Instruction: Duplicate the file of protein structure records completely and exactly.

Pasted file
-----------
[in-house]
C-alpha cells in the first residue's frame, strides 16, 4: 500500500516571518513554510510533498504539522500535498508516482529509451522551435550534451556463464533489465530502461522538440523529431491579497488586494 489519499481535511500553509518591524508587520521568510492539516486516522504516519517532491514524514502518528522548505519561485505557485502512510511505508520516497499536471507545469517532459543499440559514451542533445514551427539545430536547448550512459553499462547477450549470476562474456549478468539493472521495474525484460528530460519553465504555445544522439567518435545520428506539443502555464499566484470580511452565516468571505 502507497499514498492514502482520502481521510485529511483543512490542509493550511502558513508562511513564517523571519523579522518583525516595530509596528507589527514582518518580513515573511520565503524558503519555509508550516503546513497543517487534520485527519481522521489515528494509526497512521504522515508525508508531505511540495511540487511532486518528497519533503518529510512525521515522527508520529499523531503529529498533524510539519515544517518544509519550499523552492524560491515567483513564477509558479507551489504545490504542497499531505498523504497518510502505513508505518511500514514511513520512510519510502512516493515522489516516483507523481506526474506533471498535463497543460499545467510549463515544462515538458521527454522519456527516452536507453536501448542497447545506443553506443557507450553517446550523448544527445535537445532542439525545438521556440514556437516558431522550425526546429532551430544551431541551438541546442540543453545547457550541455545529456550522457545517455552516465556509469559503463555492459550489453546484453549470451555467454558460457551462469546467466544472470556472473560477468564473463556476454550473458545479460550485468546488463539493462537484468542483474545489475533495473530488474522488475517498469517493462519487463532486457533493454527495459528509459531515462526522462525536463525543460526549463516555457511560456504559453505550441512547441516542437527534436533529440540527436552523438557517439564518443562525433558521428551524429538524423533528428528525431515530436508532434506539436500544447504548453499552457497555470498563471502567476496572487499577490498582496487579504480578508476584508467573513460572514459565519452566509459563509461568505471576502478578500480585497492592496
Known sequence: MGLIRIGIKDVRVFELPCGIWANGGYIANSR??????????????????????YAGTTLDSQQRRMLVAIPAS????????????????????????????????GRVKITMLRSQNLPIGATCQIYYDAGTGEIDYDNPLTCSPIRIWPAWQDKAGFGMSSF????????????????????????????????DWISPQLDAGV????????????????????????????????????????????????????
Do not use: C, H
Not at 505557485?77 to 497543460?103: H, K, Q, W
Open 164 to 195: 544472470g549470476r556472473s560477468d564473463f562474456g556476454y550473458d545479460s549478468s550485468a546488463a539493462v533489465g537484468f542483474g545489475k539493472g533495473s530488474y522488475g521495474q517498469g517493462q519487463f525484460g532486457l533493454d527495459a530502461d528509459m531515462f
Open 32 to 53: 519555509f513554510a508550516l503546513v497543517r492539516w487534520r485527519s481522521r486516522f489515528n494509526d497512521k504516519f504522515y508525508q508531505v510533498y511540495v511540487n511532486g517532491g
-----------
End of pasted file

[in-house]
C-alpha cells in the first residue's frame, strides 16, 4: 500500500516571518513554510510533498504539522500535498508516482529509451522551435550534451556463464533489465530502461522538440523529431491579497488586494 489519499481535511500553509518591524508587520521568510492539516486516522504516519517532491514524514502518528522548505519561485505557485502512510511505508520516497499536471507545469517532459543499440559514451542533445514551427539545430536547448550512459553499462547477450549470476562474456549478468539493472521495474525484460528530460519553465504555445544522439567518435545520428506539443502555464499566484470580511452565516468571505 502507497499514498492514502482520502481521510485529511483543512490542509493550511502558513508562511513564517523571519523579522518583525516595530509596528507589527514582518518580513515573511520565503524558503519555509508550516503546513497543517487534520485527519481522521489515528494509526497512521504522515508525508508531505511540495511540487511532486518528497519533503518529510512525521515522527508520529499523531503529529498533524510539519515544517518544509519550499523552492524560491515567483513564477509558479507551489504545490504542497499531505498523504497518510502505513508505518511500514514511513520512510519510502512516493515522489516516483507523481506526474506533471498535463497543460499545467510549463515544462515538458521527454522519456527516452536507453536501448542497447545506443553506443557507450553517446550523448544527445535537445532542439525545438521556440514556437516558431522550425526546429532551430544551431541551438541546442540543453545547457550541455545529456550522457545517455552516465556509469559503463555492459550489453546484453549470451555467454558460457551462469546467466544472470556472473560477468564473463556476454550473458545479460550485468546488463539493462537484468542483474545489475533495473530488474522488475517498469517493462519487463532486457533493454527495459528509459531515462526522462525536463525543460526549463516555457511560456504559453505550441512547441516542437527534436533529440540527436552523438557517439564518443562525433558521428551524429538524423533528428528525431515530436508532434506539436500544447504548453499552457497555470498563471502567476496572487499577490498582496487579504480578508476584508467573513460572514459565519452566509459563509461568505471576502478578500480585497492592496
Known sequence: MGLIRIGIKDVRVFELPCGIWANGGYIANSR??????????????????????YAGTTLDSQQRRMLVAIPAS????????????????????????????????GRVKITMLRSQNLPIGATCQIYYDAGTGEIDYDNPLTCSPIRIWPAWQDKAGFGMSSF????????????????????????????????DWISPQLDAGV????????????????????????????????????????????????????
Do not use: C, H
Not at 505557485?77 to 497543460?103: H, K, Q, W
Open 164 to 195: 544472470g549470476r556472473s560477468d564473463f562474456g556476454y550473458d545479460s549478468s550485468a546488463a539493462v533489465g537484468f542483474g545489475k539493472g533495473s530488474y522488475g521495474q517498469g517493462q519487463f525484460g532486457l533493454d527495459a530502461d528509459m531515462f
Open 32 to 53: 519555509f513554510a508550516l503546513v497543517r492539516w487534520r485527519s481522521r486516522f489515528n494509526d497512521k504516519f504522515y508525508q508531505v510533498y511540495v511540487n511532486g517532491g